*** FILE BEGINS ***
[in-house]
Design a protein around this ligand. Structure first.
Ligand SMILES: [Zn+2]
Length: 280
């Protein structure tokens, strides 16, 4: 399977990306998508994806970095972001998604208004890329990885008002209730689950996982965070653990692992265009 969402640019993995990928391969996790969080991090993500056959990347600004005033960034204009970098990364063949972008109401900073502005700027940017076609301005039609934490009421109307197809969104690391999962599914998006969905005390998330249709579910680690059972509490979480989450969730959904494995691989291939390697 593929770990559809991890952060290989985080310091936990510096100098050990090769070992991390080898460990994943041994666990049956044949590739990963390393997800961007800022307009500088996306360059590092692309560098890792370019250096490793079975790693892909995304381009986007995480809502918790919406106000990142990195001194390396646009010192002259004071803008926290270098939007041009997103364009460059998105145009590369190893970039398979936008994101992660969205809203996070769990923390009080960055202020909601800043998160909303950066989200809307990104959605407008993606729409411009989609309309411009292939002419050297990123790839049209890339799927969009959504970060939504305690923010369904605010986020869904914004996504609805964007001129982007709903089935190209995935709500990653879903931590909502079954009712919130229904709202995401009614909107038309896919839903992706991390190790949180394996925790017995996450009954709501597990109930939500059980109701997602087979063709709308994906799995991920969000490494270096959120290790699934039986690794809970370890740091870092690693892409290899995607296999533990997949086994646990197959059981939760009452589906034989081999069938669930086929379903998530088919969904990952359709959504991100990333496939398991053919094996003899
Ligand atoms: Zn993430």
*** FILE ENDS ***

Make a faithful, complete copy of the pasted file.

[in-house]
Design a protein around this ligand. Structure first.
Ligand SMILES: [Zn+2]
Length: 280
């Protein structure tokens, strides 16, 4: 399977990306998508994806970095972001998604208004890329990885008002209730689950996982965070653990692992265009 969402640019993995990928391969996790969080991090993500056959990347600004005033960034204009970098990364063949972008109401900073502005700027940017076609301005039609934490009421109307197809969104690391999962599914998006969905005390998330249709579910680690059972509490979480989450969730959904494995691989291939390697 593929770990559809991890952060290989985080310091936990510096100098050990090769070992991390080898460990994943041994666990049956044949590739990963390393997800961007800022307009500088996306360059590092692309560098890792370019250096490793079975790693892909995304381009986007995480809502918790919406106000990142990195001194390396646009010192002259004071803008926290270098939007041009997103364009460059998105145009590369190893970039398979936008994101992660969205809203996070769990923390009080960055202020909601800043998160909303950066989200809307990104959605407008993606729409411009989609309309411009292939002419050297990123790839049209890339799927969009959504970060939504305690923010369904605010986020869904914004996504609805964007001129982007709903089935190209995935709500990653879903931590909502079954009712919130229904709202995401009614909107038309896919839903992706991390190790949180394996925790017995996450009954709501597990109930939500059980109701997602087979063709709308994906799995991920969000490494270096959120290790699934039986690794809970370890740091870092690693892409290899995607296999533990997949086994646990197959059981939760009452589906034989081999069938669930086929379903998530088919969904990952359709959504991100990333496939398991053919094996003899
Ligand atoms: Zn993430």